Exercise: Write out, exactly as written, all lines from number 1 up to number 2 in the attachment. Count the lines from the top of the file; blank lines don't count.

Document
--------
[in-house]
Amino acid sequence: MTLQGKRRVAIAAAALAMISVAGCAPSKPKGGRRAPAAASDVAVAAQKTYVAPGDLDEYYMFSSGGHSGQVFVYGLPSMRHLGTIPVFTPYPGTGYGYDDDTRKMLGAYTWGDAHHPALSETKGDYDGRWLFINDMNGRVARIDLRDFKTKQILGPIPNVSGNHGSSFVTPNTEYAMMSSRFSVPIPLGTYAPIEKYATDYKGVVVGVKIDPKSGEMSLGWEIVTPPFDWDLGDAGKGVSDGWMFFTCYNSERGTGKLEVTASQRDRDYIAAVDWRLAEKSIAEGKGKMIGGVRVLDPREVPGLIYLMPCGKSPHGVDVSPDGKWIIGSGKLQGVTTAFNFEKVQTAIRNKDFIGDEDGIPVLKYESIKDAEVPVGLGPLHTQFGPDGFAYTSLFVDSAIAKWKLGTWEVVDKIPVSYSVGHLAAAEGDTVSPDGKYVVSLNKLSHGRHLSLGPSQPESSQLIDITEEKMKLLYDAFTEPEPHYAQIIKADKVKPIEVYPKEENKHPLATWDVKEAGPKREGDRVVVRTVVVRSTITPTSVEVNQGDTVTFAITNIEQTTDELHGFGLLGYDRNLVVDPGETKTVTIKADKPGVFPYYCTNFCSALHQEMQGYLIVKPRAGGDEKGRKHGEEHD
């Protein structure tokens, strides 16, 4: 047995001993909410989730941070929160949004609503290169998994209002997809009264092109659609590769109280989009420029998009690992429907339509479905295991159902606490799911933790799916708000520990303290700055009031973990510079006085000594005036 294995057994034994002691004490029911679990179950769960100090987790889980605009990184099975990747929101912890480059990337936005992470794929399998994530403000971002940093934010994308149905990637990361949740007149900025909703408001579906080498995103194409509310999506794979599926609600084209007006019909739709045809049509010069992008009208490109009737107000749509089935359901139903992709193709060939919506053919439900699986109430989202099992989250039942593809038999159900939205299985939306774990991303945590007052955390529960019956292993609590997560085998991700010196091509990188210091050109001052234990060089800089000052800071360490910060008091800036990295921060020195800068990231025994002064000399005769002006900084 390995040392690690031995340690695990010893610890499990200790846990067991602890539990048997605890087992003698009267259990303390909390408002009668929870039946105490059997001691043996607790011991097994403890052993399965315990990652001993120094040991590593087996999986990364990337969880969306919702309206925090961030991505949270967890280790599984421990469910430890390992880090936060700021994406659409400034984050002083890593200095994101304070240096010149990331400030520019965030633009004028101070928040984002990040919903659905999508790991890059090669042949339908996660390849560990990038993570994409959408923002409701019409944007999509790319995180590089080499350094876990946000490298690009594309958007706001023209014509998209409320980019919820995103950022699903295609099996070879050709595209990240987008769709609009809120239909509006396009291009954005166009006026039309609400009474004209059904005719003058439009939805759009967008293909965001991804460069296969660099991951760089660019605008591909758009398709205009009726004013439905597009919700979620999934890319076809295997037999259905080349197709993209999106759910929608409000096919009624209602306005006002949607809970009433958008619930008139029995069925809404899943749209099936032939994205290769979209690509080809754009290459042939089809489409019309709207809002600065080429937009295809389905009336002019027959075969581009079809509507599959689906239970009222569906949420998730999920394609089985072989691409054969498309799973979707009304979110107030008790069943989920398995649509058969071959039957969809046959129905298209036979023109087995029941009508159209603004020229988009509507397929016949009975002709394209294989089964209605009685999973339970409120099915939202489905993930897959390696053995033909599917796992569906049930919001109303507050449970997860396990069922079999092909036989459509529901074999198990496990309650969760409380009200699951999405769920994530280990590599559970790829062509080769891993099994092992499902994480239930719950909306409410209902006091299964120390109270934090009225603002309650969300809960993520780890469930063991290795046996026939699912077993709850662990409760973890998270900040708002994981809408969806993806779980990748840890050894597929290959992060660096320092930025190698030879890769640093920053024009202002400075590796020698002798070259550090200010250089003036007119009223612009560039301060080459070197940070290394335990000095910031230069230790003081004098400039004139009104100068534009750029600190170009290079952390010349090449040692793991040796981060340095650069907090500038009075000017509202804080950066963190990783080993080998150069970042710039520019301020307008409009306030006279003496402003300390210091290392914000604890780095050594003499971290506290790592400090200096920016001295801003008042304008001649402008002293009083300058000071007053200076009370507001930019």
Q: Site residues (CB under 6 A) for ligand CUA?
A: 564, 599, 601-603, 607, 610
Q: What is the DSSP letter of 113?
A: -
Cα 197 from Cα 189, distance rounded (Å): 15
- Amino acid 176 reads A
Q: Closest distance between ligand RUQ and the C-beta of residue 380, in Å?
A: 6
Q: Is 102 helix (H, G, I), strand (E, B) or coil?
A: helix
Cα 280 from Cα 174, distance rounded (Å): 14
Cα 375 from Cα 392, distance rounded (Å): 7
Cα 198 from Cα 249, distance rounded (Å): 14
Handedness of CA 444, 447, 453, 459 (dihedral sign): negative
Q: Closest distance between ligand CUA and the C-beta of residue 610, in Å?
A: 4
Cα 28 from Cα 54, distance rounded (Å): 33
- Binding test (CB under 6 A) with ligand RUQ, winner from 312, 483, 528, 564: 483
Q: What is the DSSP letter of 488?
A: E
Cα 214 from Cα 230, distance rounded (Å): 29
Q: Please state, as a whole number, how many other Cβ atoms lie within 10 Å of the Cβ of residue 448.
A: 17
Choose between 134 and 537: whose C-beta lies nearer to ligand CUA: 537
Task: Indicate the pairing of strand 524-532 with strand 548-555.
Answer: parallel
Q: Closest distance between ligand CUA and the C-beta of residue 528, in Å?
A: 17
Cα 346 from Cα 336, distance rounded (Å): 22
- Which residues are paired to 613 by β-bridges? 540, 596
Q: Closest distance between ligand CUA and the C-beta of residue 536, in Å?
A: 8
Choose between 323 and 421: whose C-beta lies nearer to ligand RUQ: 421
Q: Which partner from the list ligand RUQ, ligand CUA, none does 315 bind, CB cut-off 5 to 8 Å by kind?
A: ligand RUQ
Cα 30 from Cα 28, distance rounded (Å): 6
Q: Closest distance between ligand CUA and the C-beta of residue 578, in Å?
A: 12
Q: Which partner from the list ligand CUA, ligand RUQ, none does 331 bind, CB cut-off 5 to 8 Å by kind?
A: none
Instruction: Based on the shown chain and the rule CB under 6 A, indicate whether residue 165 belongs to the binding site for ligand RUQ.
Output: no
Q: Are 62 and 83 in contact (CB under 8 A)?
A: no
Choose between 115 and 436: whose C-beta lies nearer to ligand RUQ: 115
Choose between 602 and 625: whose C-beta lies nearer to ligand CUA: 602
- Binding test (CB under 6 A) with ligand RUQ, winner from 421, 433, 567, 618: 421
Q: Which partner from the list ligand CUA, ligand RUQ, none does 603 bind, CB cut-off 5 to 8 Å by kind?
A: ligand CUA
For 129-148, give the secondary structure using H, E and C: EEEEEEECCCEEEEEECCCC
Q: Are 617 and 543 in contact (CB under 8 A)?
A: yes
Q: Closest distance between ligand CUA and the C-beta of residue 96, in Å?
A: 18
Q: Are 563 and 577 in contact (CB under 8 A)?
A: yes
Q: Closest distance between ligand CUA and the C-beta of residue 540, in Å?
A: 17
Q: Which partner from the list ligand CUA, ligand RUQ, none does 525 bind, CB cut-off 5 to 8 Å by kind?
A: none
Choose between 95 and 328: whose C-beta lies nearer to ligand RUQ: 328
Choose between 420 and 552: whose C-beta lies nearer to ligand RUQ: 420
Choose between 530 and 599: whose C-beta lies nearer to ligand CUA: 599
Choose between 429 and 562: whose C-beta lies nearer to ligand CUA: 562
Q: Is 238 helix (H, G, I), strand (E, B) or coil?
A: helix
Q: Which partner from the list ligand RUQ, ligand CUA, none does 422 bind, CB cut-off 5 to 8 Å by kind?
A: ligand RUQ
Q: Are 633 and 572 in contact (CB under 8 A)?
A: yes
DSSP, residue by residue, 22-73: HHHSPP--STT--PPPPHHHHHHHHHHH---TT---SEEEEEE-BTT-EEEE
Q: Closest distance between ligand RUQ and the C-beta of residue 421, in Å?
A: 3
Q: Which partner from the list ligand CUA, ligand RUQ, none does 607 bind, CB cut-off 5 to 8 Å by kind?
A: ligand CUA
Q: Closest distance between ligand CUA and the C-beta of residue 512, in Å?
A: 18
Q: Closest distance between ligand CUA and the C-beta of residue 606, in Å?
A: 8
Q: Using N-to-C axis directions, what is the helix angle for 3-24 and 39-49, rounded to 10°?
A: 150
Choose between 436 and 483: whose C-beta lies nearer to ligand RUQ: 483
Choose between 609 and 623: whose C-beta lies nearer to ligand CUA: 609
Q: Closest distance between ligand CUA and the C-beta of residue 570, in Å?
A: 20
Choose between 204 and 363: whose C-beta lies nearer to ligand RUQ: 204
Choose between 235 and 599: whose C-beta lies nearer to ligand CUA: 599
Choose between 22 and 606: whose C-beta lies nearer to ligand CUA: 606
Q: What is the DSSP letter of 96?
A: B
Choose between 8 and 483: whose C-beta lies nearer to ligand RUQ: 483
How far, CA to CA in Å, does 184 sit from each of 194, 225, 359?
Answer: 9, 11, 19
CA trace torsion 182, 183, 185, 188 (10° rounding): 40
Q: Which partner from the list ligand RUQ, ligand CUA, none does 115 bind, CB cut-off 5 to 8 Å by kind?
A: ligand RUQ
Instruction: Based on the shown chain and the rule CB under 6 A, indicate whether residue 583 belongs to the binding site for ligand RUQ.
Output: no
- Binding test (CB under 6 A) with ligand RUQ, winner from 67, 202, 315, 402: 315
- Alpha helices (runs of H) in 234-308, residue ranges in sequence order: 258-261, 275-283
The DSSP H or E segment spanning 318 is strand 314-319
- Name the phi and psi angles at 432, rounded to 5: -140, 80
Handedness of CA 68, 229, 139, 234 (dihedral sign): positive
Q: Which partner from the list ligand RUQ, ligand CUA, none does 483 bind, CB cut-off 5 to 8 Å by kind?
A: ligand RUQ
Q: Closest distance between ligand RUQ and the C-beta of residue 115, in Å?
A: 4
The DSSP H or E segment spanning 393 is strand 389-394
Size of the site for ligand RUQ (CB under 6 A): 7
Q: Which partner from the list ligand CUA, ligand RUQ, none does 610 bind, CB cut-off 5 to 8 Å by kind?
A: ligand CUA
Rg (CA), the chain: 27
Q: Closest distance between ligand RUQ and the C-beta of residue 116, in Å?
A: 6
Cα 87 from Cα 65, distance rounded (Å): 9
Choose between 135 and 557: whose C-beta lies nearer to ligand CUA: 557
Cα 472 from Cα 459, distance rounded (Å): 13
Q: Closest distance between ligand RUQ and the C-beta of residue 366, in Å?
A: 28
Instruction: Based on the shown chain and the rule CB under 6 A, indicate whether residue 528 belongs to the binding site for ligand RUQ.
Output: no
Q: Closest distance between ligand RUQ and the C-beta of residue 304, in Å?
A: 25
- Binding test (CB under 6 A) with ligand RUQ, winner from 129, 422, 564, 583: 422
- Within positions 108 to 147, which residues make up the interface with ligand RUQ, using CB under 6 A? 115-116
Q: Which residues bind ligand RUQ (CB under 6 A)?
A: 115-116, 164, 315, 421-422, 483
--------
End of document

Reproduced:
[in-house]
Amino acid sequence: MTLQGKRRVAIAAAALAMISVAGCAPSKPKGGRRAPAAASDVAVAAQKTYVAPGDLDEYYMFSSGGHSGQVFVYGLPSMRHLGTIPVFTPYPGTGYGYDDDTRKMLGAYTWGDAHHPALSETKGDYDGRWLFINDMNGRVARIDLRDFKTKQILGPIPNVSGNHGSSFVTPNTEYAMMSSRFSVPIPLGTYAPIEKYATDYKGVVVGVKIDPKSGEMSLGWEIVTPPFDWDLGDAGKGVSDGWMFFTCYNSERGTGKLEVTASQRDRDYIAAVDWRLAEKSIAEGKGKMIGGVRVLDPREVPGLIYLMPCGKSPHGVDVSPDGKWIIGSGKLQGVTTAFNFEKVQTAIRNKDFIGDEDGIPVLKYESIKDAEVPVGLGPLHTQFGPDGFAYTSLFVDSAIAKWKLGTWEVVDKIPVSYSVGHLAAAEGDTVSPDGKYVVSLNKLSHGRHLSLGPSQPESSQLIDITEEKMKLLYDAFTEPEPHYAQIIKADKVKPIEVYPKEENKHPLATWDVKEAGPKREGDRVVVRTVVVRSTITPTSVEVNQGDTVTFAITNIEQTTDELHGFGLLGYDRNLVVDPGETKTVTIKADKPGVFPYYCTNFCSALHQEMQGYLIVKPRAGGDEKGRKHGEEHD